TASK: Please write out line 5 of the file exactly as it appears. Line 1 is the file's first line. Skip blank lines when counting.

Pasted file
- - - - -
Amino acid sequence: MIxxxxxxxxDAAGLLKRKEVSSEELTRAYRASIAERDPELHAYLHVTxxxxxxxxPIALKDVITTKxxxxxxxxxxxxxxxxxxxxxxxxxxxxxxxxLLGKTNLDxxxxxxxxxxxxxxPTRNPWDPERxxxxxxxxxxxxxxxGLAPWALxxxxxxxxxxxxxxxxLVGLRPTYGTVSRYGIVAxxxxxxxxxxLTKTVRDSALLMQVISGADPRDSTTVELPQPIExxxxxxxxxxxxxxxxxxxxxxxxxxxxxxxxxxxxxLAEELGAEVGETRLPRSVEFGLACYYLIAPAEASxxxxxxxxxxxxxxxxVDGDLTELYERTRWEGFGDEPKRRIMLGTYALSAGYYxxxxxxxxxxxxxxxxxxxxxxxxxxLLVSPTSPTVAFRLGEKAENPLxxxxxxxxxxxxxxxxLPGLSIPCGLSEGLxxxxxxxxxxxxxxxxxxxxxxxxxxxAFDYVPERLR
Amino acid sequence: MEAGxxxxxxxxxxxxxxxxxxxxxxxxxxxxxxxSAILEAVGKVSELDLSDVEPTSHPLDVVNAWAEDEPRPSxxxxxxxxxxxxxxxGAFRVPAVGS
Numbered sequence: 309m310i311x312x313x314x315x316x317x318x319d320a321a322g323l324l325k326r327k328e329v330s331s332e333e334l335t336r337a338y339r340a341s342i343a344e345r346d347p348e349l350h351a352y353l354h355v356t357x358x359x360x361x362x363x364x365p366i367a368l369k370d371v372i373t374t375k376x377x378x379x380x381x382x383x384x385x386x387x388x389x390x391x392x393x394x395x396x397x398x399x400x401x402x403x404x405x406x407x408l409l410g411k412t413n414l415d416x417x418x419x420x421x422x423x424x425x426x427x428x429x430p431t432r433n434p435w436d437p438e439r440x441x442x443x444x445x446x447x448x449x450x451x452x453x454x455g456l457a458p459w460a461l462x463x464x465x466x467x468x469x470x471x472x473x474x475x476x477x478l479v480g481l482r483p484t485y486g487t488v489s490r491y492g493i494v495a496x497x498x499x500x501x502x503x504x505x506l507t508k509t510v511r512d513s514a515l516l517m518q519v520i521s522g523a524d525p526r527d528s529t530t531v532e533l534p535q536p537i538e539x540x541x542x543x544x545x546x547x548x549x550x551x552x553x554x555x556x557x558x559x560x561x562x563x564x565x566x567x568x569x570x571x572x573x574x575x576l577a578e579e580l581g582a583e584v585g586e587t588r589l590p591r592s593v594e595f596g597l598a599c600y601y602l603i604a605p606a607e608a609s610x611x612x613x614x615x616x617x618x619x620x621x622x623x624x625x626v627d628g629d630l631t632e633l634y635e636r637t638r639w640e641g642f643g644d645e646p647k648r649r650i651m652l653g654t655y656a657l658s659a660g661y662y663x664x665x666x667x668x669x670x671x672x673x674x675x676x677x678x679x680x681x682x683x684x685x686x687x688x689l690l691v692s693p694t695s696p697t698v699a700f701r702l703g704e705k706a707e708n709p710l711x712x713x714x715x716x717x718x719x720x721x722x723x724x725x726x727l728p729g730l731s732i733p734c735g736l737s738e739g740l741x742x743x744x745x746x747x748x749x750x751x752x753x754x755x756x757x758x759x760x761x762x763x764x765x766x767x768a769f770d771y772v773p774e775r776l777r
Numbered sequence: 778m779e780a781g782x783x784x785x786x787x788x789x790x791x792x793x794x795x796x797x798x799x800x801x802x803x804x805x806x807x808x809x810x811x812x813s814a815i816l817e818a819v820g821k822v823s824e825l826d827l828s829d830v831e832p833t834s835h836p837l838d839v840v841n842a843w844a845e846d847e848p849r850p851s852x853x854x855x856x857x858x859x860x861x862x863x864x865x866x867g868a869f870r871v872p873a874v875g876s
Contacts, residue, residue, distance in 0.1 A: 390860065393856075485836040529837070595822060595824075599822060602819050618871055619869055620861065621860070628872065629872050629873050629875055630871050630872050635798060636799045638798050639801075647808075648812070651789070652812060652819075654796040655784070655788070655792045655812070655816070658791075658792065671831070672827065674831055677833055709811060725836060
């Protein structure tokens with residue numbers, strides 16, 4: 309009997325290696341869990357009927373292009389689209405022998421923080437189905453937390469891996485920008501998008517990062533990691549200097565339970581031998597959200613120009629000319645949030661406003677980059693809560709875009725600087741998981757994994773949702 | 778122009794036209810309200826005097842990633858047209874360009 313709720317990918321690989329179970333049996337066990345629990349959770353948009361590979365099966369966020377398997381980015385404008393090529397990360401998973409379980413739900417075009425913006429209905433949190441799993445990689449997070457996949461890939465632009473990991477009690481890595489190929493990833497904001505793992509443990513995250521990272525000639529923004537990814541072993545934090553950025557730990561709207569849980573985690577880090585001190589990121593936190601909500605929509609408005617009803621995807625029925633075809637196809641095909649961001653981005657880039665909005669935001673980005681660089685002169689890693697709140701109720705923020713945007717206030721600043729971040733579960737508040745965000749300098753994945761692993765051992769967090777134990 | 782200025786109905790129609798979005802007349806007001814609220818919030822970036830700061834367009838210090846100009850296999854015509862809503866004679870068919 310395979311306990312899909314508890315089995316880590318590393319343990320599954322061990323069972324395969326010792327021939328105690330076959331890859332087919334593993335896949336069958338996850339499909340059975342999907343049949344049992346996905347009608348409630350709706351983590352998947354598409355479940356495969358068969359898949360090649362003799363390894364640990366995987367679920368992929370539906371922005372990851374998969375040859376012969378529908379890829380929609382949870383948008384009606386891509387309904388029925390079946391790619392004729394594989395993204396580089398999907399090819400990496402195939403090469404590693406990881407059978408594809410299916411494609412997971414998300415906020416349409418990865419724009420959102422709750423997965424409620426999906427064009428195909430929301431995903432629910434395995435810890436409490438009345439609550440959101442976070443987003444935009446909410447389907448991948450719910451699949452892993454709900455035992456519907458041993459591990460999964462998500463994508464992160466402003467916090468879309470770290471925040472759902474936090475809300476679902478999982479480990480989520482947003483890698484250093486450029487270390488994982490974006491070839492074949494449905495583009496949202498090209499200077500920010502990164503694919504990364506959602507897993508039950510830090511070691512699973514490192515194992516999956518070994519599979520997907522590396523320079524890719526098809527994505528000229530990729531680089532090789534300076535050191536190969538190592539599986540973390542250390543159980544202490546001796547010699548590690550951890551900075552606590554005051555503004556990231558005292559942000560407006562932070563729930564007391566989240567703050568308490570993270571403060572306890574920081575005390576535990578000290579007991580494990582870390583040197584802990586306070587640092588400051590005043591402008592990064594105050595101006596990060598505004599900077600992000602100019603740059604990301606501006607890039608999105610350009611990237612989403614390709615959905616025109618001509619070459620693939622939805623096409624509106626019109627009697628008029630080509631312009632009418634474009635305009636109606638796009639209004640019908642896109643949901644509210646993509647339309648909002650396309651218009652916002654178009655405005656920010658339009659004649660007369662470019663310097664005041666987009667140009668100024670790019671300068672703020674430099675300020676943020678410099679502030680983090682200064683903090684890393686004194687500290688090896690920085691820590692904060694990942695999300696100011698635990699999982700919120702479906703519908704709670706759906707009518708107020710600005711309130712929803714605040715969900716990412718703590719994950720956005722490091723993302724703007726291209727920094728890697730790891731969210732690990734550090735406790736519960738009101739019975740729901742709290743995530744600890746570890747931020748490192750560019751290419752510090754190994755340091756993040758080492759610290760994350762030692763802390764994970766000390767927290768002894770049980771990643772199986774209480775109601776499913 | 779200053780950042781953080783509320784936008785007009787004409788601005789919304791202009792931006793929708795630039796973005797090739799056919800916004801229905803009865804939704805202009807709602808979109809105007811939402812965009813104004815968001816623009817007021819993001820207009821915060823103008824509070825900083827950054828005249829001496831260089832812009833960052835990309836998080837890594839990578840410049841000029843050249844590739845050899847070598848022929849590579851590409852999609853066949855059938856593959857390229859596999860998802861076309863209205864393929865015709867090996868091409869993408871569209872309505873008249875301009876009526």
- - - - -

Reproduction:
Contacts, residue, residue, distance in 0.1 A: 390860065393856075485836040529837070595822060595824075599822060602819050618871055619869055620861065621860070628872065629872050629873050629875055630871050630872050635798060636799045638798050639801075647808075648812070651789070652812060652819075654796040655784070655788070655792045655812070655816070658791075658792065671831070672827065674831055677833055709811060725836060